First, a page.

Seminar – When Economists Discuss Social Justice

Dr. Marion Repetti – Post-doctoral Research Associate | Virginia Tech

 

Spring 2018 Seminar Series – Tuesday, February 27th| 3:30 PM – Reception to follow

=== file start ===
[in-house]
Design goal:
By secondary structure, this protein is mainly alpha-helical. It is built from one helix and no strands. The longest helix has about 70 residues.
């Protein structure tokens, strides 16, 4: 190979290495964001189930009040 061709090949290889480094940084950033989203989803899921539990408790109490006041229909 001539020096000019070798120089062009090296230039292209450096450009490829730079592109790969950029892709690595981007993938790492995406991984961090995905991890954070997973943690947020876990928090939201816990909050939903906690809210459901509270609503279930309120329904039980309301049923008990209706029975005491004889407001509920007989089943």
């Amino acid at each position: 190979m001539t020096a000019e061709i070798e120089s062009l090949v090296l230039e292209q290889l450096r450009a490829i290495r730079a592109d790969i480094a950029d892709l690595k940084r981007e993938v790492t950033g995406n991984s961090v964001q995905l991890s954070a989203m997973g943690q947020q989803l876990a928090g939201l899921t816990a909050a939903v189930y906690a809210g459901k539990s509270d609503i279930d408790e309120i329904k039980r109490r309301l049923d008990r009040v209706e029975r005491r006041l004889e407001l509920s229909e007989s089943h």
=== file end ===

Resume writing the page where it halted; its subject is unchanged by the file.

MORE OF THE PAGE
From the first half of the 20th century, economists have considered the role of the State in the regulation of money and the promotion of social justice. Far from being confined to the field of economics, the debates reflect social  concerns of redistribution. In the 1930s and 1940s, poverty and economic inequalities resulting from capitalism and industrialisation represented a threat for social cohesion, this was framed as “the social question”. Social welfare was designed as an answer. In the last 30 years, some social scientific debates reflect a return to this social question. Experts in social justice and social policies point to the limits of the current model of social welfare in the context of the erosion of the “wage society” (Castel 1995), the emergence of a “risk society” (Beck 1992), and increasing inequalities due to the neoliberal economy. Issues of how money is redistributed, as well as the role of the State, have come back to the forefront. For their part, some economists are calling for a renewed discussion on the role that the State should play in the regulation of money today, particularly in the context of the financialized economy. They claim that this relates to issues of social justice. However, their articulation between monetary regulation and social justice varies in discourse, as well as their position about the social question today. Based on a case study of the Swiss initiative “Sovereign Money,” this paper takes a sociological look at the discourses that economists who support this project are making about the regulation of money. In particular, it questions how they articulate it with the idea of social justice, and to what extent they are formulating a new social question.